She can already count on the support of Centre Alliance MP Rebekha Sharkie, who represents the South Australian electorate of Mayo. Sharkie has said that a conscience vote gives the opportunity “for modern Liberals to stand and take some action”. Fellow independent Helen Haines is also onboard, describing the bill as, “an opportunity for rural and regional Australia”.

That said, doubts have been raised over the likelihood of the major parties supporting the tabling of the bill into Parliament, but Steggall says, “I won’t be giving up on this. We know we are in for some dire climate impacts. We’re experiencing this summer and I know the focus is on the bushfires, but you have to remember the extended drought periods, you have terrible air pollution…”

She lauds business and state governments for stepping up to the plate, for setting their own targets, and is calling on Australians to show their support for the Climate Change Act by adding their names to a petition in favour of the bill at ClimateActNow.com.au.

Votes will be marshalled into their electorates, with the aim of providing MPs who personally agree and have in some cases been elected on a platform of greater action on climate change, with evidence of the swell of support among their constituents.

Asked by Fran Kelly whether she was “planning a grassroots campaign, a social media campaign to basically bully some moderate Liberals into supporting” the bill, Steggall laughed and said, “No, no, it’s actually to make them feel brave, to speak up and be true to their platform. They take to the election a position of being progressive and being willing to act on climate change. All we’re saying is ‘Be true to your electorate and stand up for it now.’” 

Courage and the centre right

The call for courage echoes the sentiments expressed at the Coalition for Conservation and Smart Energy Council event last Wednesday, at which Malcolm Turnbull said,   “People like Dave Sharma and Tim Wilson who made it very clear they supported action on climate change, this will be a challenge for them, but that’s their responsibility as MPs. It’s certainly very important that this issue gets debated and dealt with.”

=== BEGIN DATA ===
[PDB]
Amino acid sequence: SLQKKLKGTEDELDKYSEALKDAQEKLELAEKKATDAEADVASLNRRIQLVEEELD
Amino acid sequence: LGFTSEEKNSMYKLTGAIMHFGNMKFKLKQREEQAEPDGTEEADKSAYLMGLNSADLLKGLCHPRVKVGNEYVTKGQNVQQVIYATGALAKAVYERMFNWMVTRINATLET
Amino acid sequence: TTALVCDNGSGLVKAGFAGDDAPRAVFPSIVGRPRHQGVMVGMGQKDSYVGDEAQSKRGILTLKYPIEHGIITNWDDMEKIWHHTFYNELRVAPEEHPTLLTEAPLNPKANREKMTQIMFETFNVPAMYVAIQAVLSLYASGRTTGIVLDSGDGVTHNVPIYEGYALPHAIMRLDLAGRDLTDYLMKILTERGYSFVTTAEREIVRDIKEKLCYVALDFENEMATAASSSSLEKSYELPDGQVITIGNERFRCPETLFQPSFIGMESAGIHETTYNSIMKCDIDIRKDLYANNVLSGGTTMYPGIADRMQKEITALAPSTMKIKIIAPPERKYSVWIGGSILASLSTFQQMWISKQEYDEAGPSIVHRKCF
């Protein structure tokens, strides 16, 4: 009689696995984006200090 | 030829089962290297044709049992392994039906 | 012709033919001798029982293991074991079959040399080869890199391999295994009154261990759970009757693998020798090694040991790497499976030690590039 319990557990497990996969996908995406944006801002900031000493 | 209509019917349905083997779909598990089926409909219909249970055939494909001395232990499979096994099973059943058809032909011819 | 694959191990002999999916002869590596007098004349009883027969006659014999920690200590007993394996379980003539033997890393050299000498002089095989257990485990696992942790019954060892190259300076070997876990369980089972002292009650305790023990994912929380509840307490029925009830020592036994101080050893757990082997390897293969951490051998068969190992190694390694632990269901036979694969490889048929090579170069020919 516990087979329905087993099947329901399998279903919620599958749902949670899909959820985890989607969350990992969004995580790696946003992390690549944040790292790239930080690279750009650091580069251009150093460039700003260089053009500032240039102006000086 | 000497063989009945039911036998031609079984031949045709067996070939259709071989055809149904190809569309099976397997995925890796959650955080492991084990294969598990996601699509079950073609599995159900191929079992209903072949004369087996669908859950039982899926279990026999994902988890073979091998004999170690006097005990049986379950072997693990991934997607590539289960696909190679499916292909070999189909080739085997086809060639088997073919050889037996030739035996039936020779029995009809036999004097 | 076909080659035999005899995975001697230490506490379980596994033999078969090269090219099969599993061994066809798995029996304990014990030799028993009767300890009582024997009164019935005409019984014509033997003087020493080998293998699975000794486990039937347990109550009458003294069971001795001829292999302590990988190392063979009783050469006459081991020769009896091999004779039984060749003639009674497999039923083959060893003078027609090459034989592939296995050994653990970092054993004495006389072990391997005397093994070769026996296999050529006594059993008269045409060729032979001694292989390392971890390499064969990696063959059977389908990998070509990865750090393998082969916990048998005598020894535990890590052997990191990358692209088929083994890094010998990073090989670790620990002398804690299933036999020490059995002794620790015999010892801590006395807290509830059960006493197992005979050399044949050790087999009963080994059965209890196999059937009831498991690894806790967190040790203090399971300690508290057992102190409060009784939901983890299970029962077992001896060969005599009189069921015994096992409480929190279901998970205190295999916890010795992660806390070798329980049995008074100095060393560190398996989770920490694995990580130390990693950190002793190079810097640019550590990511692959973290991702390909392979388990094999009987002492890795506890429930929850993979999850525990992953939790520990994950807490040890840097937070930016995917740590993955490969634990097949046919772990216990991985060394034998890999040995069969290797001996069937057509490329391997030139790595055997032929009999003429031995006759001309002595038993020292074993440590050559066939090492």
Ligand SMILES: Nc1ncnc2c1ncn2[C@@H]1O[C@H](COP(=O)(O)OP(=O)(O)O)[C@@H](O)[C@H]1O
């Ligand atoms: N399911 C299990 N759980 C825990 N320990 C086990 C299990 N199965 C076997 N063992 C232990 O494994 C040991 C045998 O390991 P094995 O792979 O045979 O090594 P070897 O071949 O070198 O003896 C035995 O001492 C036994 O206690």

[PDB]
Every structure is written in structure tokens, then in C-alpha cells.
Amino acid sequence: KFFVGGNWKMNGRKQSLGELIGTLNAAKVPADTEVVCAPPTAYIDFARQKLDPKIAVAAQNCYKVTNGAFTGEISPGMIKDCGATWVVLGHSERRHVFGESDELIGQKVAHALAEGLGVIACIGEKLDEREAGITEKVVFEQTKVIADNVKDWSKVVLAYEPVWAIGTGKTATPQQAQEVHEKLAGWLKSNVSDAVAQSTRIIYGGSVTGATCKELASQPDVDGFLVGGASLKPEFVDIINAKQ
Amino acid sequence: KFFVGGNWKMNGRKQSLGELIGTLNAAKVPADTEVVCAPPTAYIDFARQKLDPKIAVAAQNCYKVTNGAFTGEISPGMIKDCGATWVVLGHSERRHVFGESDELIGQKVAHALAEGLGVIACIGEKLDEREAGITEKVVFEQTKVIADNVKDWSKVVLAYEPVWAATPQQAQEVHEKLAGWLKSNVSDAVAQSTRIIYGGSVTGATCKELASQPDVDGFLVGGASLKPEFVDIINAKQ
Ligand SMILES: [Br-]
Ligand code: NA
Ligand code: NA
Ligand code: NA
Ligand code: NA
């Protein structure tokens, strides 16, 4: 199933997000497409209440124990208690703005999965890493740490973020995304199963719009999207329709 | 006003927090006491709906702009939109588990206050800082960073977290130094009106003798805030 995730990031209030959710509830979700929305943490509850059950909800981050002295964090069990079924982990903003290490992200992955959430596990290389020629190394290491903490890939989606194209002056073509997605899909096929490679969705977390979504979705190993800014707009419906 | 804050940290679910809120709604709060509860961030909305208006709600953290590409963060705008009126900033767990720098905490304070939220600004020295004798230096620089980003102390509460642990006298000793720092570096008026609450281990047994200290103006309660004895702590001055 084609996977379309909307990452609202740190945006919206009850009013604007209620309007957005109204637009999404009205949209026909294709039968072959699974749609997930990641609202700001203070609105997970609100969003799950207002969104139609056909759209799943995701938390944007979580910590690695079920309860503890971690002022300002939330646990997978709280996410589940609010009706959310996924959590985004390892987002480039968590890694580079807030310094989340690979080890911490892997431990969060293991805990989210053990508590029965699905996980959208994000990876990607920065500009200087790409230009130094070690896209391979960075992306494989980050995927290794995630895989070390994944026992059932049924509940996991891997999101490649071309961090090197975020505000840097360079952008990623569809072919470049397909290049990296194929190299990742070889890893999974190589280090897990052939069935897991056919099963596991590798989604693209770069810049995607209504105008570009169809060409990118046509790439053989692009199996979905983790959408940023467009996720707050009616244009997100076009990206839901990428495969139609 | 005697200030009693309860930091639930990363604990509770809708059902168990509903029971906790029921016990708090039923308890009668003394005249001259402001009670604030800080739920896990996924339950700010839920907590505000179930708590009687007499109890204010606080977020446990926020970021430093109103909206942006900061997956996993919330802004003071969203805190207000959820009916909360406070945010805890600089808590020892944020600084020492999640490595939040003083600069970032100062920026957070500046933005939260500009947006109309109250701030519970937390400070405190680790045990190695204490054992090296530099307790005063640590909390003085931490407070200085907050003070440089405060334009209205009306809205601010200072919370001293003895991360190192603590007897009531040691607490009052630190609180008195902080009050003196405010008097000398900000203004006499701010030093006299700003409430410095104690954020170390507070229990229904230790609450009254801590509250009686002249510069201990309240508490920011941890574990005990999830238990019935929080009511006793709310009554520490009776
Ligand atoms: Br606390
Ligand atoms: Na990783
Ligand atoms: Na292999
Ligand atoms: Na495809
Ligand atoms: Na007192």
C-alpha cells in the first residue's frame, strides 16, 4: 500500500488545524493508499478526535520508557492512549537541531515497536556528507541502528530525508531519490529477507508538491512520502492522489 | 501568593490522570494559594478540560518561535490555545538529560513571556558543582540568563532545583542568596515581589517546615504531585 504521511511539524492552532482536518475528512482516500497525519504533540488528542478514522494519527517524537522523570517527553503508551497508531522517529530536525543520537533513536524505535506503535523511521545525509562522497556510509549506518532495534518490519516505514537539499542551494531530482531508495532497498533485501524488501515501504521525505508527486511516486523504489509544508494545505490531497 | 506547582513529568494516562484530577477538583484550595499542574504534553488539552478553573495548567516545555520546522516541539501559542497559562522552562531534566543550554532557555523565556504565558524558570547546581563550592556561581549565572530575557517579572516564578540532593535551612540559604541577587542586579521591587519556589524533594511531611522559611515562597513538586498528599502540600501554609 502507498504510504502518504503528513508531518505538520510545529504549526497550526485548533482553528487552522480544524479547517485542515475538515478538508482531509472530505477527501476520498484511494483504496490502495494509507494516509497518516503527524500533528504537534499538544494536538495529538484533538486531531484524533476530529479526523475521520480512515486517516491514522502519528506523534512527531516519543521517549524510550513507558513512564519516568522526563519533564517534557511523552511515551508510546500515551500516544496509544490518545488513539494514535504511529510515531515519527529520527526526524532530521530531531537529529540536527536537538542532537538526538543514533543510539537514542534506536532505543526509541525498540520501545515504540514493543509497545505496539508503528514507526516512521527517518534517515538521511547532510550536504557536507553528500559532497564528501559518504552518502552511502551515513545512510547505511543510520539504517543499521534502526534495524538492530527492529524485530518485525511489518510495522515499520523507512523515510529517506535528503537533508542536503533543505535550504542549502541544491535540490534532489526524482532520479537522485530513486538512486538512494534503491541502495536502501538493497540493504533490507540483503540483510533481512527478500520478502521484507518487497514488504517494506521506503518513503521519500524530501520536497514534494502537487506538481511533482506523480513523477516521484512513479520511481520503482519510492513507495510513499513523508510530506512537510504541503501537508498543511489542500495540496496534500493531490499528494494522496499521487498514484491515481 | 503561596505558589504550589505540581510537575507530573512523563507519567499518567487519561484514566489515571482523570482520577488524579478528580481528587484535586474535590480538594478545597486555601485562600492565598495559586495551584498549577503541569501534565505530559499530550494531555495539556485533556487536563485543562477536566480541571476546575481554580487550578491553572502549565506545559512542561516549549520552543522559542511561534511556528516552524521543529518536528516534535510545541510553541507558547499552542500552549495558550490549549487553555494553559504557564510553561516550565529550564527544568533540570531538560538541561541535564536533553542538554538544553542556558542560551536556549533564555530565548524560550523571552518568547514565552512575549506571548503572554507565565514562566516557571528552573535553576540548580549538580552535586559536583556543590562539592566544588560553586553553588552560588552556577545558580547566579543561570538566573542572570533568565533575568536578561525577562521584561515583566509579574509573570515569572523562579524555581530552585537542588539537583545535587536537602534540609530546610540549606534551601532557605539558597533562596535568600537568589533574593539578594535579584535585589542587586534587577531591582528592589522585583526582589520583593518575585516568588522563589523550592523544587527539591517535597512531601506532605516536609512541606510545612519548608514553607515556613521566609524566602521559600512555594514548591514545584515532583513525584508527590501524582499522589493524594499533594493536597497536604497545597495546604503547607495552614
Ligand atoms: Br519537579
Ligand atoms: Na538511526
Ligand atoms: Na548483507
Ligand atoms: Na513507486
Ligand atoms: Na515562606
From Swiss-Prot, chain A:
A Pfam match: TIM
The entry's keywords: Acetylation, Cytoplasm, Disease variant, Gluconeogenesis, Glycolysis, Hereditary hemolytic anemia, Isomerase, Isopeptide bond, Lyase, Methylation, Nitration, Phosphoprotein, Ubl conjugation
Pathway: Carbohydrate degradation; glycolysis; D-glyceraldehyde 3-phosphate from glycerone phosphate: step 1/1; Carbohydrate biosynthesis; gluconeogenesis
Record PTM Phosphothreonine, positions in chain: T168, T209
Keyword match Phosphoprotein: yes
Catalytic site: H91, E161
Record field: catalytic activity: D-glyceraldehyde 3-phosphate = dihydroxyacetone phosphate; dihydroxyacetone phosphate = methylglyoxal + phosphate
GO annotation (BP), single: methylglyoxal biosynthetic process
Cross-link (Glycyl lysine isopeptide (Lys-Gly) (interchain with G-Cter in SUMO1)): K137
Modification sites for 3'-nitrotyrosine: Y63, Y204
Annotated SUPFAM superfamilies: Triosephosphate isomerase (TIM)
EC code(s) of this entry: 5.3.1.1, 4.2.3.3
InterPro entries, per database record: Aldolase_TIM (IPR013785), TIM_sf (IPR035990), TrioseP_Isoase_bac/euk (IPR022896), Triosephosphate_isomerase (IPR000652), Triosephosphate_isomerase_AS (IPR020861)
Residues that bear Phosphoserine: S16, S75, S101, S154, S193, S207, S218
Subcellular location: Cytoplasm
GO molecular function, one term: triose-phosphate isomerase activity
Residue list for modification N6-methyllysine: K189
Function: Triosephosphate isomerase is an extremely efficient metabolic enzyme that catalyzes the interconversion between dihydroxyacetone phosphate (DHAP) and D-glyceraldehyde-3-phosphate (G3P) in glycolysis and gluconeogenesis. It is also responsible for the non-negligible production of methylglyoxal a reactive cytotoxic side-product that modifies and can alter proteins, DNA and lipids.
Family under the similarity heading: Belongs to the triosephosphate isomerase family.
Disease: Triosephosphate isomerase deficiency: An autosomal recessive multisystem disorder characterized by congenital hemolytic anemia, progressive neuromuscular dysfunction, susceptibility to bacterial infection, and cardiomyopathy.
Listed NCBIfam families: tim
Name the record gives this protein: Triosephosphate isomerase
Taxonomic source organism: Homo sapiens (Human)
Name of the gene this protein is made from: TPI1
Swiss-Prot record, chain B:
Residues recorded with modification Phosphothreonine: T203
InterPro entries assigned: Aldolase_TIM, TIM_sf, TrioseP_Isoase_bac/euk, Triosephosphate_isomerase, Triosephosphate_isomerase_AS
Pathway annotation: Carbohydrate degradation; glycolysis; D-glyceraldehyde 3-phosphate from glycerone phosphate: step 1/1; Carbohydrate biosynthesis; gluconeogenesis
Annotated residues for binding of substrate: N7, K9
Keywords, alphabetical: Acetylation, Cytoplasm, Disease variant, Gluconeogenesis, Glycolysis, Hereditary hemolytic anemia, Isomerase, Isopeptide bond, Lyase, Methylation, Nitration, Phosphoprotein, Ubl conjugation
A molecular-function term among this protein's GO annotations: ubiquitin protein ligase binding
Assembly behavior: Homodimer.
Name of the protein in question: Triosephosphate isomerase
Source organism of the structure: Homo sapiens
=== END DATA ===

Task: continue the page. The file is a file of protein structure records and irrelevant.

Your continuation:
Angus Taylor, Federal Minister for Energy and Emissions Reduction, was quoted in Nine newspapers as having announced that the Government will take a 2050 emissions reduction target to the UN climate summit (COP26) in Glasgow in November — but gave no details of the extent of the government’s commitment.

Previously Scott Morrison had said he would not set specific long-term emissions targets if he couldn’t tell Australians “what it would cost them”.

Steggall this morning urged the PM to, in essence, bring it on, make the commitment now so that, “we can give business and the private sector that long-term commitment and policy stability that they’re calling out for”.

Transparency and the costs: pivoting vs plunging on

Steggall is also calling for a reckoning not just of the costs of emissions reduction but a calculation of what it will cost the country not to act so that Australians have a clear comparison. Her proposal is for an equivalent of the UKs 2006 review carried out by economist Nicolas Stern, which concluded among other things that early action on climate change outweighs the future costs of inaction and provides opportunities for growth.

She said this morning that her question to Morrison would be: “What is the cost of climate impacts to Australia? We are seeing huge amounts wiped off at the moment in terms of our tourism, in terms of the economy when it comes to the bushfires … we have businesses shut because of air pollution, we have drought ravaging rural Australia …”

In short, Australia has an opportunity at this moment to calculate the costs of the first wave of climate-change-related devastation, and to pivot or plunge on.